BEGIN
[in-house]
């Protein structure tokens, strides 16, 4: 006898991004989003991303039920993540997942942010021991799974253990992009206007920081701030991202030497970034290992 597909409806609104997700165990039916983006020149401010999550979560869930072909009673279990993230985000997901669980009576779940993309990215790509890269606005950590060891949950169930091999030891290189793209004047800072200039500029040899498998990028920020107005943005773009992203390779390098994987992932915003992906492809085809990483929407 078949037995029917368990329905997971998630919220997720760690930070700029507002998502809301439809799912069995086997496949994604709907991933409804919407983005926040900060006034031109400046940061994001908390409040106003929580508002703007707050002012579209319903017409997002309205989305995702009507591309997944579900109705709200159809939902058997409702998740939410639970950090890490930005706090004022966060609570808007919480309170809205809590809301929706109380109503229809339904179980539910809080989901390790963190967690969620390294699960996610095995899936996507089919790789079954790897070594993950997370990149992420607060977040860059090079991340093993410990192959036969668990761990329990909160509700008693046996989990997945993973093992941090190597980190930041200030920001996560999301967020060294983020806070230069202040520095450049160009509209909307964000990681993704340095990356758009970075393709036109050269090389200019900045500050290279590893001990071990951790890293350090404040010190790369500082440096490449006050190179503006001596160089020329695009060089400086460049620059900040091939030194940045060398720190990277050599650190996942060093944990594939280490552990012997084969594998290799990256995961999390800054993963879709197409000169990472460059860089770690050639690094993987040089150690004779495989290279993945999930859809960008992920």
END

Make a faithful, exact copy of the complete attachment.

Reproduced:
[in-house]
């Protein structure tokens, strides 16, 4: 006898991004989003991303039920993540997942942010021991799974253990992009206007920081701030991202030497970034290992 597909409806609104997700165990039916983006020149401010999550979560869930072909009673279990993230985000997901669980009576779940993309990215790509890269606005950590060891949950169930091999030891290189793209004047800072200039500029040899498998990028920020107005943005773009992203390779390098994987992932915003992906492809085809990483929407 078949037995029917368990329905997971998630919220997720760690930070700029507002998502809301439809799912069995086997496949994604709907991933409804919407983005926040900060006034031109400046940061994001908390409040106003929580508002703007707050002012579209319903017409997002309205989305995702009507591309997944579900109705709200159809939902058997409702998740939410639970950090890490930005706090004022966060609570808007919480309170809205809590809301929706109380109503229809339904179980539910809080989901390790963190967690969620390294699960996610095995899936996507089919790789079954790897070594993950997370990149992420607060977040860059090079991340093993410990192959036969668990761990329990909160509700008693046996989990997945993973093992941090190597980190930041200030920001996560999301967020060294983020806070230069202040520095450049160009509209909307964000990681993704340095990356758009970075393709036109050269090389200019900045500050290279590893001990071990951790890293350090404040010190790369500082440096490449006050190179503006001596160089020329695009060089400086460049620059900040091939030194940045060398720190990277050599650190996942060093944990594939280490552990012997084969594998290799990256995961999390800054993963879709197409000169990472460059860089770690050639690094993987040089150690004779495989290279993945999930859809960008992920």